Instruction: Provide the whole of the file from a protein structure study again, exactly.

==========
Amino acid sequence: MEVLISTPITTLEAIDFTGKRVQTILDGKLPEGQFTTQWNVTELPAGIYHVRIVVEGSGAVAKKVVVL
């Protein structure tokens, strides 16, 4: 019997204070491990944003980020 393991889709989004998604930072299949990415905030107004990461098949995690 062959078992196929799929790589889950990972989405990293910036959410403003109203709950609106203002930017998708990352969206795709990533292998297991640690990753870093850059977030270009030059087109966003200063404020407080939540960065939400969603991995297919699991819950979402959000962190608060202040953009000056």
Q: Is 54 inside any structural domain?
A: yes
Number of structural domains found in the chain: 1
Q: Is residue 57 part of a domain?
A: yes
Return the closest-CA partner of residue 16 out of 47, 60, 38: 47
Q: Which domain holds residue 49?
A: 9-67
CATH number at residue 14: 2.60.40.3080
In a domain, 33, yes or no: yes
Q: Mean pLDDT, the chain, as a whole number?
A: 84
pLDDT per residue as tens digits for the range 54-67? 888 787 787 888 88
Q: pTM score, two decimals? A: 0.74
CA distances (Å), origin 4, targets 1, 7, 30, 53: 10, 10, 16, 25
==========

Amino acid sequence: MEVLISTPITTLEAIDFTGKRVQTILDGKLPEGQFTTQWNVTELPAGIYHVRIVVEGSGAVAKKVVVL
């Protein structure tokens, strides 16, 4: 019997204070491990944003980020 393991889709989004998604930072299949990415905030107004990461098949995690 062959078992196929799929790589889950990972989405990293910036959410403003109203709950609106203002930017998708990352969206795709990533292998297991640690990753870093850059977030270009030059087109966003200063404020407080939540960065939400969603991995297919699991819950979402959000962190608060202040953009000056």
Q: Is 54 inside any structural domain?
A: yes
Number of structural domains found in the chain: 1
Q: Is residue 57 part of a domain?
A: yes
Return the closest-CA partner of residue 16 out of 47, 60, 38: 47
Q: Which domain holds residue 49?
A: 9-67
CATH number at residue 14: 2.60.40.3080
In a domain, 33, yes or no: yes
Q: Mean pLDDT, the chain, as a whole number?
A: 84
pLDDT per residue as tens digits for the range 54-67? 888 787 787 888 88
Q: pTM score, two decimals? A: 0.74
CA distances (Å), origin 4, targets 1, 7, 30, 53: 10, 10, 16, 25